Land Information New Zealand

Wellington, New Zealand

Land Information New Zealand

Wellington, New Zealand
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Pearson C.,University of Otago | Crook C.,Land Information New Zealand | Denys P.,University of Otago
International Association of Geodesy Symposia | Year: 2017

This paper describes models that Land Information New Zealand (LINZ) uses to model time series for the 38 stations in New Zealand’s PositioNZ CORS network. A selection of the PositioNZ stations are chosen to act as reference stations for each job submitted to the PositioNZ-PP on-line GPS processing package. These models are used to estimate ITRF2008 coordinates at the epoch of observation for the reference stations. Because the estimated positions of the PositioNZ reference stations act as the control for the final coordinates that are provided to the users of the PositioNZ-PP service, they must be of sufficient accuracy. New Zealand’s tectonic situation is such that time dependent processes such as slowslip events and post-seismic relaxation are included in our models. Slow-slip events with amplitudes of 3 cm or more are common for PositioNZ stations along the east coast of North Island and the northern end of South Island and have a significant effect on GPS time series in this region (Wallace and Beavan, J Geophys Res 115(B12), B12402, 2010). The model also includes the effect of post-seismic relaxation from the 2009 Dusky Sound earthquake, which has a significant effect on most stations in the South Island. As a result, models of PositioNZ coordinate time series incorporate site velocity and include transient effects associated with post-seismic relaxation from large earthquakes, slow-slip events, the affect of annual seasonal coordinate variation, offsets caused by equipment changes or earthquakes and velocity changes. The post-seismic relaxation term is modelled using exponential decay function and slow-slip events are modelled as error functions. The first realization of the station coordinate estimation model was developed by GNS Science (Beavan, GNS Science, Lower Hutt, 2008) and was recently updated to include the effects of the 2009 Dusky Sound earthquake (Beavan et al., Geophys J Int 183(3):1265– 1286, 2010), 2010–2011 Christchurch earthquake sequence (Beavan et al., Bull N Z Soc Earthq Eng 43(4):228–235, 2012; Beavan et al., N Z J Geol Geophys 55(3):207–221, 2012) and the 2013 Cook Strait earthquake sequence along with all slow-slip events that have occurred since 27 June 2008. Themodel needs to be continuously monitored and maintained to respond to new slow-slip events, as well as other influences such as GNSS equipment changes. © Springer International Publishing Switzerland 2016.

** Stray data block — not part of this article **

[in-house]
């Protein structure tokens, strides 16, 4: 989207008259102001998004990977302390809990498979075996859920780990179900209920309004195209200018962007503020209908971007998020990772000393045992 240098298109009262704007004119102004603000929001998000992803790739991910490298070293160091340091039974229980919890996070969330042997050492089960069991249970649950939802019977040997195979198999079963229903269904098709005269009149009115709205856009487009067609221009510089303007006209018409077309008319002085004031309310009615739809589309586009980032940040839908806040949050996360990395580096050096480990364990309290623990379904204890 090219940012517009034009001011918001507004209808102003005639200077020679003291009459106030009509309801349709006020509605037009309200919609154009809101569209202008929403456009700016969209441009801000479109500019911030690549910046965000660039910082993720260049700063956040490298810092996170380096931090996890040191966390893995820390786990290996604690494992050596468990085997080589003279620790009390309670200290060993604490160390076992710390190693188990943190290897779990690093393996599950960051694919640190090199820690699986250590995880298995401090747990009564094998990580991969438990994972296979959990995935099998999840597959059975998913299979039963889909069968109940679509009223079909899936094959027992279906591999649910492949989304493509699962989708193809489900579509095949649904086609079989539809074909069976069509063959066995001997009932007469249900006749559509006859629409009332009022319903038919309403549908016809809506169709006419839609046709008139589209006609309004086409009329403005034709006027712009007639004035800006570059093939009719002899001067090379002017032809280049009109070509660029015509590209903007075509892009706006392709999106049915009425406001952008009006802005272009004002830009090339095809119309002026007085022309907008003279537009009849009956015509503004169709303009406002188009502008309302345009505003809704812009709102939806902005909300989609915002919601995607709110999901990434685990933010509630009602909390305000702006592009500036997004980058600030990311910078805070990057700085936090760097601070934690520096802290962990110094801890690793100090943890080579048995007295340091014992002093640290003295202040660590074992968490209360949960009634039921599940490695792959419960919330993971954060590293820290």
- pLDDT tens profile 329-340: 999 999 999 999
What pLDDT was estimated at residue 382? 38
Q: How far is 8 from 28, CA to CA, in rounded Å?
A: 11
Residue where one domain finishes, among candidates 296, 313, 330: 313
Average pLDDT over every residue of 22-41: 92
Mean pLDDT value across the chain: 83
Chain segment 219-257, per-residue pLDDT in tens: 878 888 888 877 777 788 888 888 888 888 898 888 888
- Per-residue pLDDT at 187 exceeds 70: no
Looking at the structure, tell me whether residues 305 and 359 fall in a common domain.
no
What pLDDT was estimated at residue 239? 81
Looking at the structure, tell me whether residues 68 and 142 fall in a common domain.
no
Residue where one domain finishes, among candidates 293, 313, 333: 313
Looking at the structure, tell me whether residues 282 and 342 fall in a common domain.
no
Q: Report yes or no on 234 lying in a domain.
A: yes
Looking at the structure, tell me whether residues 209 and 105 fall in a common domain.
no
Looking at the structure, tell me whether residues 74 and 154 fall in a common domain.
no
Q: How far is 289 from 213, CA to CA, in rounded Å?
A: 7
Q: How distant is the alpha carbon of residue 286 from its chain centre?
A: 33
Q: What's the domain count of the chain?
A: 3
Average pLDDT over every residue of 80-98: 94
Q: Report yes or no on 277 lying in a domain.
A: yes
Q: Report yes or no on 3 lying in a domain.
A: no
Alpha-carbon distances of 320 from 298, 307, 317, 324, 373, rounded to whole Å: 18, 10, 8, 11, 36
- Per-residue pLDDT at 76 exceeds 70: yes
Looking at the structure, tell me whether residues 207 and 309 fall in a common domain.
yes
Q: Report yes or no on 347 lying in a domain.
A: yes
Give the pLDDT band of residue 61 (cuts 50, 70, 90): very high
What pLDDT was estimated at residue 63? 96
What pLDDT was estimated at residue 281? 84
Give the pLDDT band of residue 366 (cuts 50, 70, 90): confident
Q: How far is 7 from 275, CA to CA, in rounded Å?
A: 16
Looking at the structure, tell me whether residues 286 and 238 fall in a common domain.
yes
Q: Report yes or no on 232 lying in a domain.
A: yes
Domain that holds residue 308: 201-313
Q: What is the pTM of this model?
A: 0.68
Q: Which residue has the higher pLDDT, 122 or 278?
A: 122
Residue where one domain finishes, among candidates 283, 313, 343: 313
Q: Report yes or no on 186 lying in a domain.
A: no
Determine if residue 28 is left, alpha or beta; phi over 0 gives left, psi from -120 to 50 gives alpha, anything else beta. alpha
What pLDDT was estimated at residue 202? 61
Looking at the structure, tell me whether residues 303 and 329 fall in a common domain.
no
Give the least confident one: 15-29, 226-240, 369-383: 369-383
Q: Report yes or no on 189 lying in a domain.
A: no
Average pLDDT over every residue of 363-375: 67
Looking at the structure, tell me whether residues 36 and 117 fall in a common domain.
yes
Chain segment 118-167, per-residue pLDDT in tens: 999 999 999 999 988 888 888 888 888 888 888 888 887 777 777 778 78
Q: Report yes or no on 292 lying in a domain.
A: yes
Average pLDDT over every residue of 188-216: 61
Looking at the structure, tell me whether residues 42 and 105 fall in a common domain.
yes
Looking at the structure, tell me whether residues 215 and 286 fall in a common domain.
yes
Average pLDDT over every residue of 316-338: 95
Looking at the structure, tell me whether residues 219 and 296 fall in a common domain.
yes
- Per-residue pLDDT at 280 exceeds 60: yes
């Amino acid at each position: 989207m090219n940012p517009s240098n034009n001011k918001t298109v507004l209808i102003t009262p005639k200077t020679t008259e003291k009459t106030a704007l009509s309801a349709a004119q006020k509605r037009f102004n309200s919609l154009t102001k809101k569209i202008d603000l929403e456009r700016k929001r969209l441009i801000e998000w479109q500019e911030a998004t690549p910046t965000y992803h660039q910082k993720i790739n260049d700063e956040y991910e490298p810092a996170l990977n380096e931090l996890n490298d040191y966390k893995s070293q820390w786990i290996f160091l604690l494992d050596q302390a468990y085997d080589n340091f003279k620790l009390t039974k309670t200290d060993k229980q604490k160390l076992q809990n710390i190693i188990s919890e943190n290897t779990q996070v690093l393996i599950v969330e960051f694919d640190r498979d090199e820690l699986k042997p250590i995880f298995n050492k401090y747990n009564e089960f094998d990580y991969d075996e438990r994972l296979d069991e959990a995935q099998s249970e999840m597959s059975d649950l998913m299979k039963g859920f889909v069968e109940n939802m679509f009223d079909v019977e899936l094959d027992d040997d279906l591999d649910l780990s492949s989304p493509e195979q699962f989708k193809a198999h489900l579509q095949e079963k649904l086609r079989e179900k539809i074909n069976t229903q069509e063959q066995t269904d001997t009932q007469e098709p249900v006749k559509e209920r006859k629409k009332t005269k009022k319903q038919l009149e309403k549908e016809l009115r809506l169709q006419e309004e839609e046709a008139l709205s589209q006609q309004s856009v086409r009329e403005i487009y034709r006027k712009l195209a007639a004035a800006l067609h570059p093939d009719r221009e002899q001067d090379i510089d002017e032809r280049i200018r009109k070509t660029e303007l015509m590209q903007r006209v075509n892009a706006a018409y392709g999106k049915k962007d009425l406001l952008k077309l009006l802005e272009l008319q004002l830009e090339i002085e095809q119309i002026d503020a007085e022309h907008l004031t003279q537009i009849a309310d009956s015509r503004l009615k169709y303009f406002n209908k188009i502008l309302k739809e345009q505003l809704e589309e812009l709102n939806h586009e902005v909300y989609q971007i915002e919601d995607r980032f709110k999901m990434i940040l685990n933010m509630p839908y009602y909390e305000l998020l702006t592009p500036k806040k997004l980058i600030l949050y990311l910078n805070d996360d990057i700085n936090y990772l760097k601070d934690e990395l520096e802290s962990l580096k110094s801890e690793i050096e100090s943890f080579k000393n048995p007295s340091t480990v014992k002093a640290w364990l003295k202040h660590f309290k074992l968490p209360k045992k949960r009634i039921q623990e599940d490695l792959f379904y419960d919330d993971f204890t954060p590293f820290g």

Beavan J.,Institute of Geological & Nuclear Sciences | Motagh M.,German Research Center for Geosciences | Fielding E.J.,JPL Caltech | Donnelly N.,Land Information New Zealand | Collett D.,Land Information New Zealand
New Zealand Journal of Geology and Geophysics | Year: 2012

We present source models derived from geodetic data for the four major Canterbury earthquakes of 2010-2011. The September 2010 Darfield earthquake was largely right-lateral, but with several other fault segments active. The February 2011 Christchurch earthquake was mixed right-lateral and reverse with a left-stepping offset interrupting an ENE-striking rupture. The June 2011 earthquake included left-lateral slip on a NNW-striking fault. The December 2011 earthquakes were characterised by offshore reverse slip on an ENE-striking plane. Displacements of GPS sites define small but clearly detectable postseismic deformation east of the September 2010 earthquake, near the February 2011 earthquake and following the June 2011 earthquake. There has been no major moment release in a 15-km-long region between the eastern end of the September 2010 faulting and the western end of the February 2011 faulting. We recommend careful monitoring of this region for the next several years. © 2012 The Royal Society of New Zealand.


News Article | August 22, 2016
Site: www.spie.org